The New Mutants is the elephant in the room. Starring Maisie Williams, Anya Taylor-Joy, Charlie Heaton, Alice Braga, Blu Hunt and Henry Zaga. It’s been unfairly removed from the canon of the MCU. Originally planned as a trilogy, this is a strange choice by those in charge as it’s actually no worse than some of the other entries to the Marvel universe.
Five young mutants, just discovering their abilities while held in a secret facility against their will, fight to escape their past sins and save themselves.
Finally after being delayed and delayed again, The New Mutants finally gets released into the wild for us all to see. Again, why Marvel distanced themselves from Josh Boone’s entry into the X-Men mutant wonderland, is actually quite hard to see. Why it was removed from the official Marvel MCU, only to be treated like an unwanted stepchild, as it has a very strong cast and just because of it’s different tone to your usual Marvel movies makes for a welcome breath of fresh air, but clearly not enough for the wider marvel universe.
With a tone akin to Nightmare On Elm St. 3: Dream Warriors, we have creepy dark corridors, weird hallucinations and shadowy figures that aren’t what they seem, it’s actually a really fun movie. Some quarters have labelled this the worst of the X-Men movies which is wholly unfair and also untrue as Last Stand, Dark Phoenix and Wolverine: Origins still hold that mantle between them. New Mutants won’t be widely regarded, but it’s definitely worth watching, as it one that stick very closely to the source material and has some of the best representations of the comic book characters hitherto unseen across the various comic book universes.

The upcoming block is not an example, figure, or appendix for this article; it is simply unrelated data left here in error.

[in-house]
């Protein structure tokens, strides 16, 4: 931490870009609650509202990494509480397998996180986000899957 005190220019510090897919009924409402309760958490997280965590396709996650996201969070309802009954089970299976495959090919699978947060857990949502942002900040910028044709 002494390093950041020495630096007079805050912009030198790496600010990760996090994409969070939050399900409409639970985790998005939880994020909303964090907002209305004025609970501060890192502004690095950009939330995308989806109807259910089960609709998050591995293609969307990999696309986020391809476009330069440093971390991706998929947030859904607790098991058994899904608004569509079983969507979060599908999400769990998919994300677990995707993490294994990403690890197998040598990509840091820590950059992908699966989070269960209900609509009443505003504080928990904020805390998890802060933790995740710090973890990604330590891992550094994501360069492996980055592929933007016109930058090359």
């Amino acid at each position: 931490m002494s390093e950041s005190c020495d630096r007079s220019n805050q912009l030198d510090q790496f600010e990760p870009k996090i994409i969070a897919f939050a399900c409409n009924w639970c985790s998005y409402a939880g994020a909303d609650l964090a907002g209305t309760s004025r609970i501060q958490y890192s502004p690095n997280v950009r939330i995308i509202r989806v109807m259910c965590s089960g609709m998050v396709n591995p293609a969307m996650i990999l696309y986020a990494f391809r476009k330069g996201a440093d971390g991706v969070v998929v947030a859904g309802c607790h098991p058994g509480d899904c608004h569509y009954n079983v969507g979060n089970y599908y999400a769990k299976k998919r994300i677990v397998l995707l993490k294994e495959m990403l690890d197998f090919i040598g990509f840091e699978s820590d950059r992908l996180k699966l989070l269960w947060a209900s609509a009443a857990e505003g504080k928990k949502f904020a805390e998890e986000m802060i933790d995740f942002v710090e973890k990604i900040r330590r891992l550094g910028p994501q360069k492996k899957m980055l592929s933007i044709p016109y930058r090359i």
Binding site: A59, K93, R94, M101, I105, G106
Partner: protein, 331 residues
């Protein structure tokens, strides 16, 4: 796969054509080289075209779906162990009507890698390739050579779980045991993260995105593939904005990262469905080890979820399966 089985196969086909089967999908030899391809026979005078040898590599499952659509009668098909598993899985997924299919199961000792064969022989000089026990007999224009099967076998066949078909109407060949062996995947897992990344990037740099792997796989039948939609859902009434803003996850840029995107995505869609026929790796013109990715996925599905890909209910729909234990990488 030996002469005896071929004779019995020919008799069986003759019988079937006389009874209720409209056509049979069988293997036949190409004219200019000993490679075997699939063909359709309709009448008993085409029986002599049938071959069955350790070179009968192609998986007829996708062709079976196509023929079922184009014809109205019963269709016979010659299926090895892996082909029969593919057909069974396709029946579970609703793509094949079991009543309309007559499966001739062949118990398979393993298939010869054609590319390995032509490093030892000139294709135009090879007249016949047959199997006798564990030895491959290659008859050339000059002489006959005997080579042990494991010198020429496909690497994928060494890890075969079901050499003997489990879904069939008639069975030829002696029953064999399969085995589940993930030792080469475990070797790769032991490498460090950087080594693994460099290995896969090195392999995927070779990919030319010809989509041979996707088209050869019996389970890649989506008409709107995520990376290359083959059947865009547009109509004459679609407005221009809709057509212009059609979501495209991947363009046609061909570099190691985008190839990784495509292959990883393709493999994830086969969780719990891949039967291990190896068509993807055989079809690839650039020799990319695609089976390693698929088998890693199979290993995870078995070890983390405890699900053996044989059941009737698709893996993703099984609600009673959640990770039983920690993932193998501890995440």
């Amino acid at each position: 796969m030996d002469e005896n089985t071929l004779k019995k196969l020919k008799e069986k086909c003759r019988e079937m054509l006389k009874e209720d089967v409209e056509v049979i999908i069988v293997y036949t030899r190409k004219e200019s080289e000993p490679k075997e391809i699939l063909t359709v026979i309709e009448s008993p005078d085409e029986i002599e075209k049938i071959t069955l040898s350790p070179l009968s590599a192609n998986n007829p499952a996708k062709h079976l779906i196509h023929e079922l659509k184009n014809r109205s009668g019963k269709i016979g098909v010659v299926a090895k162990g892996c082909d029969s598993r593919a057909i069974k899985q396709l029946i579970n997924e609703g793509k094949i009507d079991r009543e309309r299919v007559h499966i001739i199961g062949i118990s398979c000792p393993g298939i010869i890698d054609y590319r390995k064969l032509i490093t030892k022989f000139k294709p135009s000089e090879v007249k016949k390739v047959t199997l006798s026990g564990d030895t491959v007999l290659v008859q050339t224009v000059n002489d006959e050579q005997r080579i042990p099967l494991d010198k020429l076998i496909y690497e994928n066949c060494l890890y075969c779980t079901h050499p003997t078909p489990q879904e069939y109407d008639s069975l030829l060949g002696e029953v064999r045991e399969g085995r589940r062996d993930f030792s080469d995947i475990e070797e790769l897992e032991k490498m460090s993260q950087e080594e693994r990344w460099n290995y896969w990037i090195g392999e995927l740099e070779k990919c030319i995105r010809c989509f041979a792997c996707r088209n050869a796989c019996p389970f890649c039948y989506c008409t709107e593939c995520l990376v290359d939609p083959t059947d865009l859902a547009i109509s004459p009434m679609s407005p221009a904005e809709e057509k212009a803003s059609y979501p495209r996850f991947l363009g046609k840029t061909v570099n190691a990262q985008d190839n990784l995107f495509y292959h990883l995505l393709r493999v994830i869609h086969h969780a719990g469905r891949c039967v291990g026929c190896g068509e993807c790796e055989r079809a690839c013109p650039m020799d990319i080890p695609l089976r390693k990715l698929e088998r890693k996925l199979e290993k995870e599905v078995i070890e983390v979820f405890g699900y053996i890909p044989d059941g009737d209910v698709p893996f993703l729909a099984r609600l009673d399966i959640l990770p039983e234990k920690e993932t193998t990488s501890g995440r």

The New Mutants cast as previously mentioned are absolutely terrific headed up by the most notable cast member in Game of Thrones Maisie Williams, who spends and awful lot of time in the facilities showers for some reason. Blu Hunt is especially good playing the traumatised newcomer, who hasn’t discovered her power yet. Stranger Things’ Charlie Heaton, Anya Taylor-Joy (Who gets the most fleshed out character) and Henry Zaga complete the line up of the X-Men’s Breakfast Club as they skulk around, flashing glimpses of their powers before the overplayed climax hits and everything goes south quickly.
Josh Boones direction is at times slick and punchy and at other times slow and laborious, much like the teenagers in the movie. When they are sitting about disucussing feelings and powers it slumps and theres a fair bit of that in its short run time. Clocking it at 98 minutes it’s one of the shortest MCU movies. But it’s greatest weakness is that it is a sum of other movie parts. The previously mentioned Nightmare On Elm St., Breakfast Club, a smattering of the Resident Evil films, One That Flew Over The Cuckoos Nest & the recent Power Rangers movie. Which isn’t necessarily bad, but can feel a bit distracting.
However, don’t pass this one by, as it’s actually a decent stand alone MCU curio, that in times to come will most likely be looked back as an opportunity missed. There’s a good film in here trying to break out, but for whatever reason the New Mutants never quite makes it.